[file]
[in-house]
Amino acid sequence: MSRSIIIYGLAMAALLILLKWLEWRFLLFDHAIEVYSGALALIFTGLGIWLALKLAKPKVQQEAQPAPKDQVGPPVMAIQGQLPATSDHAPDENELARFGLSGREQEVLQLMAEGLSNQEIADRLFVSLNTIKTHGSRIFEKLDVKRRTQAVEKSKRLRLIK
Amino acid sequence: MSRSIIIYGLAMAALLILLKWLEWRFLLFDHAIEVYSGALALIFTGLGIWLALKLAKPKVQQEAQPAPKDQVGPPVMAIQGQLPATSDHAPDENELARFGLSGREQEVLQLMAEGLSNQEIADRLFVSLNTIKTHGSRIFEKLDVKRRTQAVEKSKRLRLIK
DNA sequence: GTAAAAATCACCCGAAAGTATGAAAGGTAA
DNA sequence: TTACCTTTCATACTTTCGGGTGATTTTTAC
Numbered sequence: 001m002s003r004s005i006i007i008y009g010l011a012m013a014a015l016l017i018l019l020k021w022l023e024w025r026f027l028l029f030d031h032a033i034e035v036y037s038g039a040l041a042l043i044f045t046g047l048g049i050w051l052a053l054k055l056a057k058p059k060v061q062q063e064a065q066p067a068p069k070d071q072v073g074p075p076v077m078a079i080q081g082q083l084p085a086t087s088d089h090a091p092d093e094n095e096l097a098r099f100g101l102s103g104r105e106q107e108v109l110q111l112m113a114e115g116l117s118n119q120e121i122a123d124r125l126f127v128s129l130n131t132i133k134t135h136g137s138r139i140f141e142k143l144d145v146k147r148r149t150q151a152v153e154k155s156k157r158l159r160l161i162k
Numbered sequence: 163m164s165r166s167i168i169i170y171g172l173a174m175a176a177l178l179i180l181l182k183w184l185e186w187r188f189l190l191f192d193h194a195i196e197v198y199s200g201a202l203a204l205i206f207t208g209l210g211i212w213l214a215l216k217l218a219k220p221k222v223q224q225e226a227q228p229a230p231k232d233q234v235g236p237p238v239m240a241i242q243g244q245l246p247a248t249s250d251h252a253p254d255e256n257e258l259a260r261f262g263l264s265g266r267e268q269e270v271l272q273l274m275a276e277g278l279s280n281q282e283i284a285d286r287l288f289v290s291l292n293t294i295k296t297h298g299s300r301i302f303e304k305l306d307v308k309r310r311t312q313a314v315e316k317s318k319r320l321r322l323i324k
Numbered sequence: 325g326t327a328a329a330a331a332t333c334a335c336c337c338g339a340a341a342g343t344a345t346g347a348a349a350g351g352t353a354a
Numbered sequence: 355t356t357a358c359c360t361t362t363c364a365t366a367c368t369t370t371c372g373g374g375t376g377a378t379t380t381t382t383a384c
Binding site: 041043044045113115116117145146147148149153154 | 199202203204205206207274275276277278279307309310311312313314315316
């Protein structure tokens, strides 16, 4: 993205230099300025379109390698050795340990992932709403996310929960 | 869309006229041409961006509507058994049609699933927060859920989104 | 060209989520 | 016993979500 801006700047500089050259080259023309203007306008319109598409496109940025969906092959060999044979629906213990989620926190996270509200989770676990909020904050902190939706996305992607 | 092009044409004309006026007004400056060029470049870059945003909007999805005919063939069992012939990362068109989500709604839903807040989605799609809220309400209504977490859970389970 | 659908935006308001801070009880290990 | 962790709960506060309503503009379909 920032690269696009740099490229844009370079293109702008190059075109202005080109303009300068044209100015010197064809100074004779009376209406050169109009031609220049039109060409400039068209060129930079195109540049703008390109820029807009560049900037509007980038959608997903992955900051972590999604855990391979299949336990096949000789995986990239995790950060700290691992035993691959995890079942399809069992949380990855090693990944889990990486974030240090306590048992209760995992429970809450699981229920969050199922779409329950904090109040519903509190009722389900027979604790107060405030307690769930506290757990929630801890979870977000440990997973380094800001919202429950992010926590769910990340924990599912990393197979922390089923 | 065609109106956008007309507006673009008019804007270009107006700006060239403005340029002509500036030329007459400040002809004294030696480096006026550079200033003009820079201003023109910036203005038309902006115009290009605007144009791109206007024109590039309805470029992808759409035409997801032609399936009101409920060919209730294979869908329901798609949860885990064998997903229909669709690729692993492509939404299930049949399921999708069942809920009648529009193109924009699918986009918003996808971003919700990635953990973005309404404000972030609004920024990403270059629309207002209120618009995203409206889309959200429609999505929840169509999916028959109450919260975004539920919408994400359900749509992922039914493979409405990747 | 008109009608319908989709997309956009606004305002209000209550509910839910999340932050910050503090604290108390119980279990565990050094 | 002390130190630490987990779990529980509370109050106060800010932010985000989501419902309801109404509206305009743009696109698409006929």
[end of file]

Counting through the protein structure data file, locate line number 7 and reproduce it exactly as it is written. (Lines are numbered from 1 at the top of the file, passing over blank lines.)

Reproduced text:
Numbered sequence: 163m164s165r166s167i168i169i170y171g172l173a174m175a176a177l178l179i180l181l182k183w184l185e186w187r188f189l190l191f192d193h194a195i196e197v198y199s200g201a202l203a204l205i206f207t208g209l210g211i212w213l214a215l216k217l218a219k220p221k222v223q224q225e226a227q228p229a230p231k232d233q234v235g236p237p238v239m240a241i242q243g244q245l246p247a248t249s250d251h252a253p254d255e256n257e258l259a260r261f262g263l264s265g266r267e268q269e270v271l272q273l274m275a276e277g278l279s280n281q282e283i284a285d286r287l288f289v290s291l292n293t294i295k296t297h298g299s300r301i302f303e304k305l306d307v308k309r310r311t312q313a314v315e316k317s318k319r320l321r322l323i324k